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80. The Appetitive Human Faculties

1. Everything has an inclination towards what accords withits nature; this inclination or tendency is called appetency orappetite. Things that lack knowledge have naturalappetency only; this is exampled in the tendency of a plant togrow, of a body to cohere, of a stone to fall to the ground. Livingbodies that have knowledge (animals and men) have, in addition tonatural appetency, tendencies that are roused in them by theirknowing, by their cognition; these are cognitionalappetites. Cognitional appetency is of two orders: the order ofsense, and the order of intellect. Sentient or sensitive appetencyinclines animal or man towards what is sensed as good or desirable,and away from what is sensed as evil or harmful. Intellectualappetency inclines intelligent creatures (angels and men) towardswhat is intellectually understood as good, and away from what isunderstood as evil. The intellectual appetency or appetite iscalled the will.

2. The will is a faculty distinct from the sentientappetite, for it belongs to the intellective order, not thesensitive order. These two appetites sometimes conflict, as, forexample, when a Catholic has hunger (i.e., sentient appetite) formeat on Friday, but wills not to eat it.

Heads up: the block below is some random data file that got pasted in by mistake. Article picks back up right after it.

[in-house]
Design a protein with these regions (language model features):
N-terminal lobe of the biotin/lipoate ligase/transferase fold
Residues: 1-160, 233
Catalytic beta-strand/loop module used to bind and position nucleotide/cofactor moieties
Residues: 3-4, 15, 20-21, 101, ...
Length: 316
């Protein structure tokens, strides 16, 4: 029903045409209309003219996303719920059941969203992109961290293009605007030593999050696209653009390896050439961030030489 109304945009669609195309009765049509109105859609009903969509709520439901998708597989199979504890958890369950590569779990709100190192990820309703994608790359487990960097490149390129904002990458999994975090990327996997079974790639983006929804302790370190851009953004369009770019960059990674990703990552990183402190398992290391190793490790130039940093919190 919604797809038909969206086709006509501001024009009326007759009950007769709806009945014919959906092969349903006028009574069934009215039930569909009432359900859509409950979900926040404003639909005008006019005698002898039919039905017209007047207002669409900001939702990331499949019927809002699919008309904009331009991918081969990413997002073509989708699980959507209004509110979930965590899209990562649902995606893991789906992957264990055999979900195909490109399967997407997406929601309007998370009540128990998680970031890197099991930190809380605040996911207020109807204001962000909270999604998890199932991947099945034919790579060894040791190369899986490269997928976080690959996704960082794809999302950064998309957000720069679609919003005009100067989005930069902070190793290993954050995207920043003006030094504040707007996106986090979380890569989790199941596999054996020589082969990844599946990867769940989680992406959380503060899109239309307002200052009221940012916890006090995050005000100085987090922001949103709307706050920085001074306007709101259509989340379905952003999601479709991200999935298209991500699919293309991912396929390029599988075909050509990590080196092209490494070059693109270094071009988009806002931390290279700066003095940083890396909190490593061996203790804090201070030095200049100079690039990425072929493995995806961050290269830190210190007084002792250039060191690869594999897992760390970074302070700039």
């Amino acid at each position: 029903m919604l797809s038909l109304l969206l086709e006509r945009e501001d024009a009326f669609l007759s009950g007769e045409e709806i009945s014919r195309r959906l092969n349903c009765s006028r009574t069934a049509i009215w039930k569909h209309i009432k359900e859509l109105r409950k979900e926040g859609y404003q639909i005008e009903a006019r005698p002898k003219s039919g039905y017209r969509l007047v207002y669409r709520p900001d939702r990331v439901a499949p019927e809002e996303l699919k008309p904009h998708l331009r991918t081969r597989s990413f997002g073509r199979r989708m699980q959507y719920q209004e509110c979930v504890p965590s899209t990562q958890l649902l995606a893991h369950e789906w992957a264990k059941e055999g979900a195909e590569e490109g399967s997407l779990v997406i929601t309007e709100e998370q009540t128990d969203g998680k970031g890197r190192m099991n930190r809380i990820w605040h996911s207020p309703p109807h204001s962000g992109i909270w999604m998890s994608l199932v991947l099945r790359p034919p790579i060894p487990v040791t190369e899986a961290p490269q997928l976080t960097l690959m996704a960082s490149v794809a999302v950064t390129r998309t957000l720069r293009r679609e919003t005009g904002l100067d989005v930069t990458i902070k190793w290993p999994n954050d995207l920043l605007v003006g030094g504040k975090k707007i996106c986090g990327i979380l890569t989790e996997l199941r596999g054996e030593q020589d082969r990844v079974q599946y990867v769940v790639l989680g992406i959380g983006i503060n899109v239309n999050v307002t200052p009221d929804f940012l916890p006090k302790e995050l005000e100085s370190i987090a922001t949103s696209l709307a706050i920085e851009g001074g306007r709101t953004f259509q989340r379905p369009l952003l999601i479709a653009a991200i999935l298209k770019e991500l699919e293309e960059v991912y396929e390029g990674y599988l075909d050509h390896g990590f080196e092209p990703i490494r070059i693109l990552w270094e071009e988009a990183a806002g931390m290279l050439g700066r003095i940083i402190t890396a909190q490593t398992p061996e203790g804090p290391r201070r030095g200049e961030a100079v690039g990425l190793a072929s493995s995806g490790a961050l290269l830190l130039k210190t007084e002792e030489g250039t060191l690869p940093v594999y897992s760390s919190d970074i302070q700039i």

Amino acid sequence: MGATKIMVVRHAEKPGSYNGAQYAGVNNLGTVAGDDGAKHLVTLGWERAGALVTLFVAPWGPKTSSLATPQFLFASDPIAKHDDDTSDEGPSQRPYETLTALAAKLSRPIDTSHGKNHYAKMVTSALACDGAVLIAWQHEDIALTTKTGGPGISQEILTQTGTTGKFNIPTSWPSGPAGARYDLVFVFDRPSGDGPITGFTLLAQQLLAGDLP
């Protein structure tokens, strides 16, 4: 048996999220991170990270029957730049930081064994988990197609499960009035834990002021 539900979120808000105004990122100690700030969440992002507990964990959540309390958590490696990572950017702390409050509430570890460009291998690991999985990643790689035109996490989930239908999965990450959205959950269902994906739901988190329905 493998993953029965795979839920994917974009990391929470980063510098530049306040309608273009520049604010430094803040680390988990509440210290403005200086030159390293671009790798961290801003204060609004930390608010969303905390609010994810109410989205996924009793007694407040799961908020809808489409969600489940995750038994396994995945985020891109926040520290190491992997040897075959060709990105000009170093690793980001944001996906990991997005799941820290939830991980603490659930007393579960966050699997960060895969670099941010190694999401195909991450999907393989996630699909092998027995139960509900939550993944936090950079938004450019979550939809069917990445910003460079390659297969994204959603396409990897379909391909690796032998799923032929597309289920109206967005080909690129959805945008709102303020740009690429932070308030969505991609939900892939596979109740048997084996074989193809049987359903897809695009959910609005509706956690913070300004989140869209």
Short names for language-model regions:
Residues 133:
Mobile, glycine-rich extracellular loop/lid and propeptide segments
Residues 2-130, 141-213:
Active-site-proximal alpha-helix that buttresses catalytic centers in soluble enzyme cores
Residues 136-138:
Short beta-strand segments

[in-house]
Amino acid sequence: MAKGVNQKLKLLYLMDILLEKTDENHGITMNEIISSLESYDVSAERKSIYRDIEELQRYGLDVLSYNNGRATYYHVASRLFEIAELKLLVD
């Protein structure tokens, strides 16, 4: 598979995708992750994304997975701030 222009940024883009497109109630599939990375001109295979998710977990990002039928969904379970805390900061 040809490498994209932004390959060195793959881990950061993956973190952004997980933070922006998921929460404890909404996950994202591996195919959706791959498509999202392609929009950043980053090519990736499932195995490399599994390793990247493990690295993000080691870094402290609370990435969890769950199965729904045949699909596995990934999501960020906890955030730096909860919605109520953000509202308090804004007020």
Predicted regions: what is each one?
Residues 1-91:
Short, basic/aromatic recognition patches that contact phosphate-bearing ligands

"For what would it profit us to know the whole Bible by heart and the principles of all the philosophers if we live without grace and the love of God?"
Thomas á Kempis

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"Every man naturally desires knowledge; but what good is knowledge without fear of God? Indeed a humble rustic who serves God is better than a proud intellectual who neglects his soul to study the course of the stars."
Thomas á Kempis

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"Spiritual persons ought to be equally ready to experience sweetness and consolation in the things of God, or to suffer and keep their ground in drynesses of spirit and devotion, and for as long as God pleases, without their making any complaint about it."
St Philip Neri

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